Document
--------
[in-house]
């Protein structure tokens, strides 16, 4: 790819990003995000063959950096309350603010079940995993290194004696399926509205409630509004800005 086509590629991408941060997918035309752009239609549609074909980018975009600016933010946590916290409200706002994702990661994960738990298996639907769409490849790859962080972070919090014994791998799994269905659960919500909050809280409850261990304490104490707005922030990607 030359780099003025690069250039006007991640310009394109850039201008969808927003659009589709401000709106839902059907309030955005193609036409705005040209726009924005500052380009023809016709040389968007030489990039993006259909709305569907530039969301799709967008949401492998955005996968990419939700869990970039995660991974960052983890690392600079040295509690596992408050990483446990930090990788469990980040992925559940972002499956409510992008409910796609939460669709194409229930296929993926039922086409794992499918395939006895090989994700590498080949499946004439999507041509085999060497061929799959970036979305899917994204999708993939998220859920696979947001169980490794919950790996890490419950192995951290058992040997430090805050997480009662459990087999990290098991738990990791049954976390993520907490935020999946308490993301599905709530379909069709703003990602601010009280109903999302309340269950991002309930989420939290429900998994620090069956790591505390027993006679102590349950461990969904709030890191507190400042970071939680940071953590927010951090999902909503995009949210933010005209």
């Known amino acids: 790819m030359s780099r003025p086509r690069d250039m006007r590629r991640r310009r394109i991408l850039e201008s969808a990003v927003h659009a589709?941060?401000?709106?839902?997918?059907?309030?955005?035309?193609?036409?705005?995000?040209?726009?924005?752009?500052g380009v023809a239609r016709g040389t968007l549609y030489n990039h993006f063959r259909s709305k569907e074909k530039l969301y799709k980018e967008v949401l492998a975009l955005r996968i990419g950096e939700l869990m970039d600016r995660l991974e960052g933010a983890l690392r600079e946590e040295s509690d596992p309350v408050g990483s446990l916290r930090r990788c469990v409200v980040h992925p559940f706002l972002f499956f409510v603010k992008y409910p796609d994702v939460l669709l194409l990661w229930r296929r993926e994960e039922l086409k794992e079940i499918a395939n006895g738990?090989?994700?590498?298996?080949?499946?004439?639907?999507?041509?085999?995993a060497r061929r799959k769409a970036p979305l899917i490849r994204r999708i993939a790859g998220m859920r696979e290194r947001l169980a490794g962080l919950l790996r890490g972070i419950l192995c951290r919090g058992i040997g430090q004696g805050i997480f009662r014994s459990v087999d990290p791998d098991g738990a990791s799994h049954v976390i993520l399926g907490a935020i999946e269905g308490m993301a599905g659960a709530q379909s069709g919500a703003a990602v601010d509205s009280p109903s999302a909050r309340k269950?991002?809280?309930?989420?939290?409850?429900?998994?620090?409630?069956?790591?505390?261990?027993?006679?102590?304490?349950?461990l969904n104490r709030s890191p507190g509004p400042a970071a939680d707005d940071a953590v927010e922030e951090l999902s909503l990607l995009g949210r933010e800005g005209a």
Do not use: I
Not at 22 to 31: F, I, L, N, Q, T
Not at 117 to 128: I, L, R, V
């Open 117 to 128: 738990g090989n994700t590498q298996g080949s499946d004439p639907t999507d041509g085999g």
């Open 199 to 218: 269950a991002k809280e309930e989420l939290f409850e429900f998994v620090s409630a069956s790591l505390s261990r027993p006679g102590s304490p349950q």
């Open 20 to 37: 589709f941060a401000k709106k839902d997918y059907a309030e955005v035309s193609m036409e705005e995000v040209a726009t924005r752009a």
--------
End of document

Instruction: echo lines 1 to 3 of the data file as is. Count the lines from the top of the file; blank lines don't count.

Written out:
[in-house]
């Protein structure tokens, strides 16, 4: 790819990003995000063959950096309350603010079940995993290194004696399926509205409630509004800005 086509590629991408941060997918035309752009239609549609074909980018975009600016933010946590916290409200706002994702990661994960738990298996639907769409490849790859962080972070919090014994791998799994269905659960919500909050809280409850261990304490104490707005922030990607 030359780099003025690069250039006007991640310009394109850039201008969808927003659009589709401000709106839902059907309030955005193609036409705005040209726009924005500052380009023809016709040389968007030489990039993006259909709305569907530039969301799709967008949401492998955005996968990419939700869990970039995660991974960052983890690392600079040295509690596992408050990483446990930090990788469990980040992925559940972002499956409510992008409910796609939460669709194409229930296929993926039922086409794992499918395939006895090989994700590498080949499946004439999507041509085999060497061929799959970036979305899917994204999708993939998220859920696979947001169980490794919950790996890490419950192995951290058992040997430090805050997480009662459990087999990290098991738990990791049954976390993520907490935020999946308490993301599905709530379909069709703003990602601010009280109903999302309340269950991002309930989420939290429900998994620090069956790591505390027993006679102590349950461990969904709030890191507190400042970071939680940071953590927010951090999902909503995009949210933010005209």
């Known amino acids: 790819m030359s780099r003025p086509r690069d250039m006007r590629r991640r310009r394109i991408l850039e201008s969808a990003v927003h659009a589709?941060?401000?709106?839902?997918?059907?309030?955005?035309?193609?036409?705005?995000?040209?726009?924005?752009?500052g380009v023809a239609r016709g040389t968007l549609y030489n990039h993006f063959r259909s709305k569907e074909k530039l969301y799709k980018e967008v949401l492998a975009l955005r996968i990419g950096e939700l869990m970039d600016r995660l991974e960052g933010a983890l690392r600079e946590e040295s509690d596992p309350v408050g990483s446990l916290r930090r990788c469990v409200v980040h992925p559940f706002l972002f499956f409510v603010k992008y409910p796609d994702v939460l669709l194409l990661w229930r296929r993926e994960e039922l086409k794992e079940i499918a395939n006895g738990?090989?994700?590498?298996?080949?499946?004439?639907?999507?041509?085999?995993a060497r061929r799959k769409a970036p979305l899917i490849r994204r999708i993939a790859g998220m859920r696979e290194r947001l169980a490794g962080l919950l790996r890490g972070i419950l192995c951290r919090g058992i040997g430090q004696g805050i997480f009662r014994s459990v087999d990290p791998d098991g738990a990791s799994h049954v976390i993520l399926g907490a935020i999946e269905g308490m993301a599905g659960a709530q379909s069709g919500a703003a990602v601010d509205s009280p109903s999302a909050r309340k269950?991002?809280?309930?989420?939290?409850?429900?998994?620090?409630?069956?790591?505390?261990?027993?006679?102590?304490?349950?461990l969904n104490r709030s890191p507190g509004p400042a970071a939680d707005d940071a953590v927010e922030e951090l999902s909503l990607l995009g949210r933010e800005g005209a």